Given the unusual situation of having a witness also serve as the bailiff, (See footnote 4) the trial court instructed the sheriff in Kelley that he was not to converse with the jurors and that his contact with the panel was to be limited to escorting the jury members in and out of the courtroom and transporting messages between the jury and the court. (See footnote 5) Because the record failed to indicate that the officer acted other than as instructed, this Court found no per se constitutional violation based on the sheriff serving as the bailiff during the trial. Of more concern to this Court was “the role of the sheriff in his capacity as a State's witness and the weight his testimony may have carried in obtaining a conviction.” 192 W.Va. at 129, 451 S.E.2d at 430. We viewed this issue as the “more critical stage of analysis because of the sheriff's role as an investigating officer in this case.” Id. at 129, 451 S.E.2d at 430.

      In examining the role the sheriff occupied as a witness in Kelley, we looked to the extent of his involvement with the investigation of the case. As the first officer on the scene, the sheriff in Kelley obtained possession of the murder weapon and he attended to the victim. At trial, the sheriff's testimony included a description of the events at the scene, (See footnote 6) as well as the fact that the defendant twice confessed to the sheriff to shooting the victim. (See footnote 7) We determined in Kelley that the sheriff's testimony was corroborative and cumulative of other evidence presented at trial. Due to the scope and persuasiveness of his testimony, however, we could not conclude that the sheriff's testimony was that of a minor witness. 192 W.Va. at 129-30, 451 S.E.2d at 430-31.

      As was the case in Kelley, the officer involved in this case was the first officer who arrived on the scene. Deputy Bennett was there for fifteen to thirty minutes before Deputy Carl Peterson arrived and took over the investigation. Before Officer Peterson's arrival, Deputy Bennett secured the scene; called for an ambulance; took several Polaroid photographs of the crime scene; and retrieved one shell casing. He also took statements from two witnesses.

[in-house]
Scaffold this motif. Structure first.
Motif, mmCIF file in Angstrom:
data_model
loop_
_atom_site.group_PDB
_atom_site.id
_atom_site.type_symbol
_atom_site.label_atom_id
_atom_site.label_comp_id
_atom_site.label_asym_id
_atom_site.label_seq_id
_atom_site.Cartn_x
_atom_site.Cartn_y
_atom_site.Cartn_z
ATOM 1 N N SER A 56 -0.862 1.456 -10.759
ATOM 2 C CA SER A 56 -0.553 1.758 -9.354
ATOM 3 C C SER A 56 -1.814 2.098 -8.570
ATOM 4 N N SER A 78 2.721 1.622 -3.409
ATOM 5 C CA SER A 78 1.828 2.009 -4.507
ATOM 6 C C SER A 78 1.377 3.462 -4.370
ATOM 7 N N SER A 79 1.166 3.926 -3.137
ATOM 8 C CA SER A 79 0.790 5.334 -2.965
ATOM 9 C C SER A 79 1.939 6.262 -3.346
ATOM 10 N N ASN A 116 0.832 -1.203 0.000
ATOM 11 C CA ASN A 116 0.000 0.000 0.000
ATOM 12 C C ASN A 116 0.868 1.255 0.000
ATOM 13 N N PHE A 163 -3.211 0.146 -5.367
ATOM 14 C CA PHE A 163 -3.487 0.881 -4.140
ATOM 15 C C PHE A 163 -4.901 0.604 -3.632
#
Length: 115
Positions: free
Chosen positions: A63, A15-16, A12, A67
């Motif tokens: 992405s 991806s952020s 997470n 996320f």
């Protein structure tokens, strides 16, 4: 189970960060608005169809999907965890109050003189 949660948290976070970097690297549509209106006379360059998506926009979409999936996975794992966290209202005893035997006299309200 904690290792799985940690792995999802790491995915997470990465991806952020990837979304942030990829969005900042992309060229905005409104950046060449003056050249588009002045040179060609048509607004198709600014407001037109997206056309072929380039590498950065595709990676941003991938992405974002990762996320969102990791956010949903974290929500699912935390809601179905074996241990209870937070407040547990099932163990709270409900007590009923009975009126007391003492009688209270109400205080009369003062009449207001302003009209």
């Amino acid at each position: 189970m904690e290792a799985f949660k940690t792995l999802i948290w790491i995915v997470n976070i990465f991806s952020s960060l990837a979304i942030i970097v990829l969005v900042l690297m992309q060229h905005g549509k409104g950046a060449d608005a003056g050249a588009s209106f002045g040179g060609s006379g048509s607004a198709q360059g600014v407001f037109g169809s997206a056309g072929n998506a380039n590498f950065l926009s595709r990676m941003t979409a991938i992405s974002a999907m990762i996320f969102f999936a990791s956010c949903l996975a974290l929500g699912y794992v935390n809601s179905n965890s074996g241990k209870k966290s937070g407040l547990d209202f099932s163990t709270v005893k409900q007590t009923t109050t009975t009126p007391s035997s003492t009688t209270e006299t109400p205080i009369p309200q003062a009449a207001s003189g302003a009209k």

At trial, the most important piece of non-cumulative evidence that Deputy Bennett testified to was the chain of custody with regard to the shell casing. This issue, standing on its own, however, is not sufficient under the facts of this case to render Deputy Bennett a key witness under the reasoning of Kelley. In reaching our decision in Kelley, we discussed a number of both federal and state court decisions in which the impact of a prosecution witness also serving as bailiff was examined. One of those decisions was Strickland v. State, 784 S.W.2d 549 (Tx. App. 1990), a case in which a sheriff who served as the bailiff at trial testified to the chain of custody of certain pieces of evidence. In concluding that no constitutional violations occurred, the Texas appellate court reasoned that the sheriff “could not be considered a key witness because his testimony was not a significant factor in arriving at a conviction.” 192 W.Va. at 128, 451 S.E.2d at 429 (discussing Strickland).

      As we emphasized in Kelley, there is no automatic requirement that mandates the reversal of a conviction whenever a witness for the State comes into contact with the jury. 192 W.Va. at 127, 451 S.E.2d at 428 (quoting Gonzales v. Beto, 405 U.S. 1052, 1054- 55 (1972)). Instead, what is required is a factual analysis that focuses on the length and degree of contact between the jury and the witness, as well as an inquiry into whether the witness provided testimony that was crucial to the conviction, or merely formal in nature. In those cases where the testimony involved was “'confined to some uncontroverted or merely formal aspect of the case for the prosecution,'” the testimony is typically not viewed as crucial. 192 W.Va. at 127, 451 S.E.2d at 428 (quoting Gonzales, 405 U.S. at 1054-55). Rather than being concerned with the “'brief encounters'” that are “often inevitable” between witnesses and jury members, the type of contact that initially prompts inquiry into the whether the defendant was provided a fair trial is present when the contact is close and sustained due to the bailiff being the “official guardian” of the jurors. 192 W.Va. at 127, 451 S.E.2d at 428 (quoting and discussing Gonzales, 405 U.S. at 1054-55). And, to constitute an issue which rises to the level of constitutional significance, the bailiff/witness's testimony must be crucial to the conviction. 192 W.Va. at 127, 451 S.E.2d at 428.